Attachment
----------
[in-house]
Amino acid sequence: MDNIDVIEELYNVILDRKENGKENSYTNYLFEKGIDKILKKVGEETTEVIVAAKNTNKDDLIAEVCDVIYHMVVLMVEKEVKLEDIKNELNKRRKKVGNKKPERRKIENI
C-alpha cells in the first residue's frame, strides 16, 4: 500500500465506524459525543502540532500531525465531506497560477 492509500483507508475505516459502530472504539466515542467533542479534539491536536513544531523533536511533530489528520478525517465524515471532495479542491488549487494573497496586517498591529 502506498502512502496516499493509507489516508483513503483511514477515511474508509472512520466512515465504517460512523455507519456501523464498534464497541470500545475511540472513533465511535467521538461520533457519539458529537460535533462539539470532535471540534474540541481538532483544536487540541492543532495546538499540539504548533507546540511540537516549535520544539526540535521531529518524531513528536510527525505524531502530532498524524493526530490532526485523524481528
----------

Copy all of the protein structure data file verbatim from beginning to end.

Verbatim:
[in-house]
Amino acid sequence: MDNIDVIEELYNVILDRKENGKENSYTNYLFEKGIDKILKKVGEETTEVIVAAKNTNKDDLIAEVCDVIYHMVVLMVEKEVKLEDIKNELNKRRKKVGNKKPERRKIENI
C-alpha cells in the first residue's frame, strides 16, 4: 500500500465506524459525543502540532500531525465531506497560477 492509500483507508475505516459502530472504539466515542467533542479534539491536536513544531523533536511533530489528520478525517465524515471532495479542491488549487494573497496586517498591529 502506498502512502496516499493509507489516508483513503483511514477515511474508509472512520466512515465504517460512523455507519456501523464498534464497541470500545475511540472513533465511535467521538461520533457519539458529537460535533462539539470532535471540534474540541481538532483544536487540541492543532495546538499540539504548533507546540511540537516549535520544539526540535521531529518524531513528536510527525505524531502530532498524524493526530490532526485523524481528